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Feature: Mills feel the effect of energy price chaos

The impact of energy price increases has become all too visible in UK paper and board statistics, with output in December 2005 recording its lowest monthly level since the beginning of 1993. This follows the closure of four mills in the final quarter of last year, according to the Confederation of Paper Industries (CPI).

On March 13, wholesale gas prices increased by 400% during the day and spiked at £2.55 per therm. Towards the end of March, UK gas prices came more into line with rates prevailing in other European countries, but the CPI is continuing to lobby the Government on this issue in a bid to avoid further wild fluctuations.

“High volatility creates chaos in production planning,” observed one producer spokesman. Of course, energy costs are one of the main reasons behind St Regis Paper Company’s decision to shut its Sudbrook semi-chemical fluting mill in south Wales. While this closure seals off another domestic outlet for recovered paper, UK merchant processors at least have the consolation of ever-burgeoning export markets for their products.

Figures from the CPI confirm that the UK exported 3.286 million tonnes of recovered paper in 2005 – almost exactly 700,000 tonnes more than in the previous year. Asia effectively absorbed over three-quarters of UK export volumes in purchasing 2.494 million tonnes, 768,000 tonnes more than that recorded in 2004. Shipments to Europe slipped back from 825,000 tonnes in 2004 to 761,000 in 2005, while the rest of the world consumed around 31,000 tonnes of UK recovered paper last year compared with 36,000 tonnes in 2004.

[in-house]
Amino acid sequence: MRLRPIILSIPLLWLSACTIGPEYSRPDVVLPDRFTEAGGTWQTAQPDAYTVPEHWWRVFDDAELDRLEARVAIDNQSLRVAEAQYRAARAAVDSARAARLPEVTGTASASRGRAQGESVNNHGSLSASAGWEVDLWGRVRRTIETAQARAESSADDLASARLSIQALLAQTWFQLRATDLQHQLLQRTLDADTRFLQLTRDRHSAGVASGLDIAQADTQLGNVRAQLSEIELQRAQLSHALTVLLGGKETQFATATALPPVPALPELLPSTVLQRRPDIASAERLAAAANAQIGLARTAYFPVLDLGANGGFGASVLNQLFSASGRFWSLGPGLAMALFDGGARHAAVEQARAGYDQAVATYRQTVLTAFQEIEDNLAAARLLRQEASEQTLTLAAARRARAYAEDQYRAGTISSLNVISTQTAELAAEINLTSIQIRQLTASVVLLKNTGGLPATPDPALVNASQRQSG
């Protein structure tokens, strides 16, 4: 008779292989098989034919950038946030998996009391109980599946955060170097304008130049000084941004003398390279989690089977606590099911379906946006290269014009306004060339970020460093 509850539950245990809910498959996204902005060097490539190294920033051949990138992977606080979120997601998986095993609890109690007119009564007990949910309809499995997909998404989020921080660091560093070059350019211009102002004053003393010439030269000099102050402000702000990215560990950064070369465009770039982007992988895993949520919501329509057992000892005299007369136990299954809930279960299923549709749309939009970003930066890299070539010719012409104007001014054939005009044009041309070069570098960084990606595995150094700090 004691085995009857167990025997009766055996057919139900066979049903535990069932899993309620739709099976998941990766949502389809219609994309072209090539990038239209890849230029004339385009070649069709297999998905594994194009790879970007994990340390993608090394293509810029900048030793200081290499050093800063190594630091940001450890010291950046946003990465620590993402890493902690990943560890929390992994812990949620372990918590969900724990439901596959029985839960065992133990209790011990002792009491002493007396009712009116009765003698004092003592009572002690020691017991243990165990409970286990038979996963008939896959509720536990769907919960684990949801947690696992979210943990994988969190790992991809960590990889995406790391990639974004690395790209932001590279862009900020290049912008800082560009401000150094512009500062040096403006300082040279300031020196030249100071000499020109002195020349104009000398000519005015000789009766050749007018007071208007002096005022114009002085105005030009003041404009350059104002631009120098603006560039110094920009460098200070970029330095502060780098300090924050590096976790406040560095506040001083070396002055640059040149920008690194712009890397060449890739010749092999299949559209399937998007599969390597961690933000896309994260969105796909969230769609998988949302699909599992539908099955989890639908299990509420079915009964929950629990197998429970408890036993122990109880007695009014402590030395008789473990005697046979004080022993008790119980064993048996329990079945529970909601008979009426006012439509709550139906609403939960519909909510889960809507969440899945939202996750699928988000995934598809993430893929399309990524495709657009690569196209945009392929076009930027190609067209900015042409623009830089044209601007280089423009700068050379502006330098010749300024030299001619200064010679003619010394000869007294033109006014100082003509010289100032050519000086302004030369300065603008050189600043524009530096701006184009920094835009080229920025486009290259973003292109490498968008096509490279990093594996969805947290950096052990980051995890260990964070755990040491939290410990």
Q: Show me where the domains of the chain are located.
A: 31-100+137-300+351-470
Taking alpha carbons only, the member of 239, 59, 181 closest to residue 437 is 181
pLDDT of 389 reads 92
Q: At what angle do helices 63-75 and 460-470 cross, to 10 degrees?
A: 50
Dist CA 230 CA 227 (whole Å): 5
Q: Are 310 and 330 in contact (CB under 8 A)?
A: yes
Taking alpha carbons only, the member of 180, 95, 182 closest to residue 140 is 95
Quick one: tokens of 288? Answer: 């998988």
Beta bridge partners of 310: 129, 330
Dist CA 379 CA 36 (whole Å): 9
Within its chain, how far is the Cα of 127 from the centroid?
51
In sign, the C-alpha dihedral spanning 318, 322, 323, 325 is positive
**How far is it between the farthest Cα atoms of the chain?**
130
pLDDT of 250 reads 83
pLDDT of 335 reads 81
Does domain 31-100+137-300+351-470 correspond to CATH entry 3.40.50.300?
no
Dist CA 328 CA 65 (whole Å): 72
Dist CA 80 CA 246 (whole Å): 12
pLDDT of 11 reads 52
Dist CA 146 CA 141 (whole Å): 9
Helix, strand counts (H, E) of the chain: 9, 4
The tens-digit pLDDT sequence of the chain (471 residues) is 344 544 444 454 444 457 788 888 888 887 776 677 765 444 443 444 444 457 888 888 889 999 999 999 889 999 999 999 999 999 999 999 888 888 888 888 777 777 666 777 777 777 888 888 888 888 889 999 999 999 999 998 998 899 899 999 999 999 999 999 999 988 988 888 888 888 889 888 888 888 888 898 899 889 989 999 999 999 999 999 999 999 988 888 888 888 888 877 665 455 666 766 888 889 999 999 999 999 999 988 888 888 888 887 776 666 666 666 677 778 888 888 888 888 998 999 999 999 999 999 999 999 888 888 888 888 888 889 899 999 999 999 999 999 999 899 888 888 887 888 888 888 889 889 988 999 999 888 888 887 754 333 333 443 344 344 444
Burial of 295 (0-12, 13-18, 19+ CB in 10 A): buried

A country-by-country analysis of the CPI statistics reveals that China imported 1.527 million tonnes of UK recovered paper in 2005 – equivalent to 46% of all the tonnage leaving these shores and more than double the 709,000 tonnes shipped to China in 2004. As recently as 2003, China accounted for less than 20% of the 1.861 million tonnes of UK recovered paper exports.

Volumes dispatched to India dropped from 358,000 tonnes in 2004 to 308,000 tonnes last year, reasons for which are currently being analysed by the CPI. In seeing its imports rise from 320,000 tonnes in 2004 to 343,000 tonnes, Indonesia took over from India last year as the second largest importer of UK recovered paper. The leading mainland European buyers of UK material were the Netherlands (249,000 tonnes), France (190,000 tonnes), Sweden (160,000 tonnes) and Germany (78,000 tonnes).

During the past few weeks, export demand for UK recovered paper has been reasonably strong and prices have been stable to firm; by contrast, there has been virtually no movement in domestic price levels.

Starting with the packaging grades, old KLS has been attracting between £57 and £62 per tonne, while the headline price at home has continued at £45 per tonne. Industry experts believe export prices may improve after Easter on the back of “hungry” overseas demand and reduced availability. Meanwhile, mixed paper exports remain within the £39-£42 price bracket, while the domestic price range is still £25-£30 per tonne.

UK consumers appear to be rather more confident about their own sales prospects for the second quarter as substantial demand from eastern Europe appears to have diverted surpluses that might otherwise have been targeted at the UK market. In addition, developments at SCA and Smurfit/Kappa have taken

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